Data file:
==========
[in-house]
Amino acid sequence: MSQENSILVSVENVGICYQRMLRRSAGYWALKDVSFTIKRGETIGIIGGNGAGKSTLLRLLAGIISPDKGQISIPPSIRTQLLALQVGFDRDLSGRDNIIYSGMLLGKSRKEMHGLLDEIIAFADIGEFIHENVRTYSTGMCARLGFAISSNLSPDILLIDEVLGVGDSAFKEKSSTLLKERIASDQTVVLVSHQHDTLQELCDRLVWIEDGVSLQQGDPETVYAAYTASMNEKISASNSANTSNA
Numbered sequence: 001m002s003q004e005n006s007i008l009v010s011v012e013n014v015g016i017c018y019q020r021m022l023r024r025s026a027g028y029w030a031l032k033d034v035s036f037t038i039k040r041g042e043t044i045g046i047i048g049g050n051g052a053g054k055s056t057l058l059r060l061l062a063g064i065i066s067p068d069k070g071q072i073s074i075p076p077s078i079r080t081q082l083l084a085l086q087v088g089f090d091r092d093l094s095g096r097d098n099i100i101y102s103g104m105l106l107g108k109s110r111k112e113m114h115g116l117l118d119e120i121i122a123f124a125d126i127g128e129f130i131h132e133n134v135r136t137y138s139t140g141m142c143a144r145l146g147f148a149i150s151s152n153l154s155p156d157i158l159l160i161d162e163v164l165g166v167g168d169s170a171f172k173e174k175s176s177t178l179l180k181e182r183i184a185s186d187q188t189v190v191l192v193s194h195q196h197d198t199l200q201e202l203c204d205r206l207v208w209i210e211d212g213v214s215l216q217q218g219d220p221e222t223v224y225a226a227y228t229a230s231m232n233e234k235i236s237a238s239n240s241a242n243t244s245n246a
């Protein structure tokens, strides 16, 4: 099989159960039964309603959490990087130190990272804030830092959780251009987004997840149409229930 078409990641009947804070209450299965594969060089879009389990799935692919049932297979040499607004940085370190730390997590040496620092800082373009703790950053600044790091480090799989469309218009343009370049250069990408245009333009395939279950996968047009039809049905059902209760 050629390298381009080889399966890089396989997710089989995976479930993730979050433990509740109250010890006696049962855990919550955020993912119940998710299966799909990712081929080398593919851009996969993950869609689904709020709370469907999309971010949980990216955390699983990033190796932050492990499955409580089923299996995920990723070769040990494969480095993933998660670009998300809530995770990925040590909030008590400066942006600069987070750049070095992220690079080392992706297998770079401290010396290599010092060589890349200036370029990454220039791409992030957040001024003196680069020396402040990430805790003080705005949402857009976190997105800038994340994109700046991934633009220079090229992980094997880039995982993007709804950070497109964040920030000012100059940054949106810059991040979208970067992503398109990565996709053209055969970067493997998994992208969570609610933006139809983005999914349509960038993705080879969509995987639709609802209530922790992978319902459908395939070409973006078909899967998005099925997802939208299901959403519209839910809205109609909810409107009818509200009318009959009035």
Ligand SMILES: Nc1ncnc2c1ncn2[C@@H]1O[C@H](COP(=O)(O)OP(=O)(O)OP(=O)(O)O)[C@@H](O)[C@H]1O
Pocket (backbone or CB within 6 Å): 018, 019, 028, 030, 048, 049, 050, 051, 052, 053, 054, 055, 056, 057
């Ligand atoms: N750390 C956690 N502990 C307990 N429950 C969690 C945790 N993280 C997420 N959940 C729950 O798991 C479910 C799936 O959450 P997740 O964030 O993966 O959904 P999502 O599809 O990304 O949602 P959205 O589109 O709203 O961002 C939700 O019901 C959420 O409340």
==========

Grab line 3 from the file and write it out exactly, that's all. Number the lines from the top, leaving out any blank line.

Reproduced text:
Numbered sequence: 001m002s003q004e005n006s007i008l009v010s011v012e013n014v015g016i017c018y019q020r021m022l023r024r025s026a027g028y029w030a031l032k033d034v035s036f037t038i039k040r041g042e043t044i045g046i047i048g049g050n051g052a053g054k055s056t057l058l059r060l061l062a063g064i065i066s067p068d069k070g071q072i073s074i075p076p077s078i079r080t081q082l083l084a085l086q087v088g089f090d091r092d093l094s095g096r097d098n099i100i101y102s103g104m105l106l107g108k109s110r111k112e113m114h115g116l117l118d119e120i121i122a123f124a125d126i127g128e129f130i131h132e133n134v135r136t137y138s139t140g141m142c143a144r145l146g147f148a149i150s151s152n153l154s155p156d157i158l159l160i161d162e163v164l165g166v167g168d169s170a171f172k173e174k175s176s177t178l179l180k181e182r183i184a185s186d187q188t189v190v191l192v193s194h195q196h197d198t199l200q201e202l203c204d205r206l207v208w209i210e211d212g213v214s215l216q217q218g219d220p221e222t223v224y225a226a227y228t229a230s231m232n233e234k235i236s237a238s239n240s241a242n243t244s245n246a